Tychon prevailed by locking eyes with the priest and intoning the divine name of Apollo, God of knowledge. He was Shadow-Wise, and knew when secrets were being kept, and the truth of things obfuscated. Ionestes quietly begged Tychon not to use his rituals on him.
But Clear-Voiced Agathon was best. He was well-practiced in oratory and bombarded the priest of Hera with questions and rhetoric until he broke.
“Alright! Alright!” And Ionestes explained. “The pillar it… Hera ordered us to… The priests who served before me, who built the temple to Hera. When they read the signs they saw… they saw conflict between the Gods. Hera and Zeus. Hera wanted… Hera demanded that one of the Harpies that nested to the south be entombed in the temple. The priests said the island would be protected forever. So that’s what we did. And ever since we have been safe.”
Tychon walked closer to the priest and said, “But then the people became complacent.”
Ionestes nodded. “They stopped giving offerings, I tried to want them but… when the pirates were trying to approach I thought… I thought I could show them. Show the people what would happen without the protection of the Gods.”
The mining chief Meletia turned to Ionestes, “You did what?”
Ionestes looked away, “It was for your own good.” Meletia charged the priest and began kicking and hitting him. Tychon turned away and led Agathon and Zenobia from the scuffle.
“We’ll need to deal with the Harpies next,” Tychon conspired.
Zenobia looked to the miner and priest struggling on the ground, “Uh shouldn’t we…”
“You’re not going try to talk to them as well?” aked Agathon.
“No,” Tychon shook his head. “No, we shall rely on our new pillar instead.” He patted Zenobia on the shoulder. “Take up your spear, daughter of Zeus,” he said with a smirk. Tychon slowly made his way to where Meletia was on top of Ionestes. “I trust I can count on you to raise the town’s defenses?” he asked.
The two disantagled themselves and nodded like scolded children.
And so the three heroes returned to their ship and set sail for the stoney pillars south of the island. They could not see the top of the pillars, for the caves where the harpies lived were above the clouds, but they planned for an ambush using Agathon’s falcon, Scipio.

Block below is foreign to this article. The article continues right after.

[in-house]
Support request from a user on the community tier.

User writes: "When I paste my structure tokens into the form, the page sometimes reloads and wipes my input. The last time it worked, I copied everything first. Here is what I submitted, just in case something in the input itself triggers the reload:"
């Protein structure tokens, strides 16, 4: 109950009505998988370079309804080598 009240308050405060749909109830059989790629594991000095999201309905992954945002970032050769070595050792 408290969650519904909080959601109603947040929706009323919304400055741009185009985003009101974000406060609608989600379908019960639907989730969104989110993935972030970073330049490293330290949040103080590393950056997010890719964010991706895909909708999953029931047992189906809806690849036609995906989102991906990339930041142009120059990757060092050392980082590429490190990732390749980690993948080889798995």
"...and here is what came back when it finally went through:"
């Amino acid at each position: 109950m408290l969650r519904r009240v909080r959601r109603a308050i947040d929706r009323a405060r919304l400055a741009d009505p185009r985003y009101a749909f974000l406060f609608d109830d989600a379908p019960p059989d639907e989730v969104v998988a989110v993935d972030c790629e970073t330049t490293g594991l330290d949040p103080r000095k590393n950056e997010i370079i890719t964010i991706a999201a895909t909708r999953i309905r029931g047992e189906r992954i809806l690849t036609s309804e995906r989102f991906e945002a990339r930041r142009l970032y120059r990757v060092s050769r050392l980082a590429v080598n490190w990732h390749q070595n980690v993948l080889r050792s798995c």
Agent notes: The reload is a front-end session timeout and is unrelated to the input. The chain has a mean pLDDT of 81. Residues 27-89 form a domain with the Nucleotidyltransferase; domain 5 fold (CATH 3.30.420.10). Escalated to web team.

The Trial of The Harpies (Blood & Valor): 13
Clear-Voiced Agathon suffered. He used his mighty voice and fighting pet to lure the Harpies, but it worked too well, and his skin was torn up by razor sharp claws as he was swarmed.
Shadow-Wise Tychon prevailed. He used his sorcerous powers to draw in the mists from around the island to obscure their ship. He appealed to Hekate directly for the power to control the mists, and she granted him a vision of the pirate queen mastering the Pillar of Storms in the seas nearby.
Bloody-Minded Zenobia was best. She exploded from the mists created by Tychon and lanced two harpies in a single strike. She used her shield to defend herself from the harpy’s talons and screamed Ares’ name to fuel her spirit as she fought against the harpy’s great numbers.
The battle won, the Harpies retreated to their caves in the stoney pillars above the heroes, and the heroes themselves retreated back to the mines of Kryos. The mining chief and priest of Hera had made good on their word. The people were well-armed, and sturdy fortifications were being constructed. As they looked over the defenses Tychon spoke in hushed tones,
“Now we deal with those pirates. Hekate gave me a vision during the battle, their leader Thesekyra may have already meddled with it.”
“Maybe we should lure her back to Kyros,” suggested Agathon.
“No,” said Tychon, and he looked hungrily to the sea. “No these people do not deserve such a boon. You see what happened. They would rather dig in the dirt for treasures than maintain an artifact from the Gods.”
“I see,” Agathon said, studying the white-robbed figure. “And what happens next time someone comes to take their gold? Or the harpies regain their strength?” Tychon looked up at Agathon, as if he had awakened from a dream.
“They shall do what mortals can,” he said. “Say a prayer for them if you want, but they have written their own destiny here in Kyros.” And with that Tychon walked away from Agathon and called out to Zenobia. “Daughter of Zeus! Have you ever killed a pirate before?”
And so the heroes boarded the Triton and attempted to track down the Pirate Queen.
Battle Against the Pirate Queen Thesekyra
Clash (Perilous): 14
Bloody-Minded Zenobia suffered. She stood as a figurehead on the ship and called on Poseidon’s name to point her spear towards their quarry. But the seas became violent as storm clouds gathered above them and a bolt of lightning struck Zenobia, sending her careening across the deck.
Clear-Voiced Agathon also suffered. He led the sailors in song and composed his own tune. He asked the crew to imagine the beating of Hephaistos’ mighty hammer on his anvil. But the wind was too strong, the sound of thunder too great, and without the sound of his words, Agathon appeared to be berating the crew.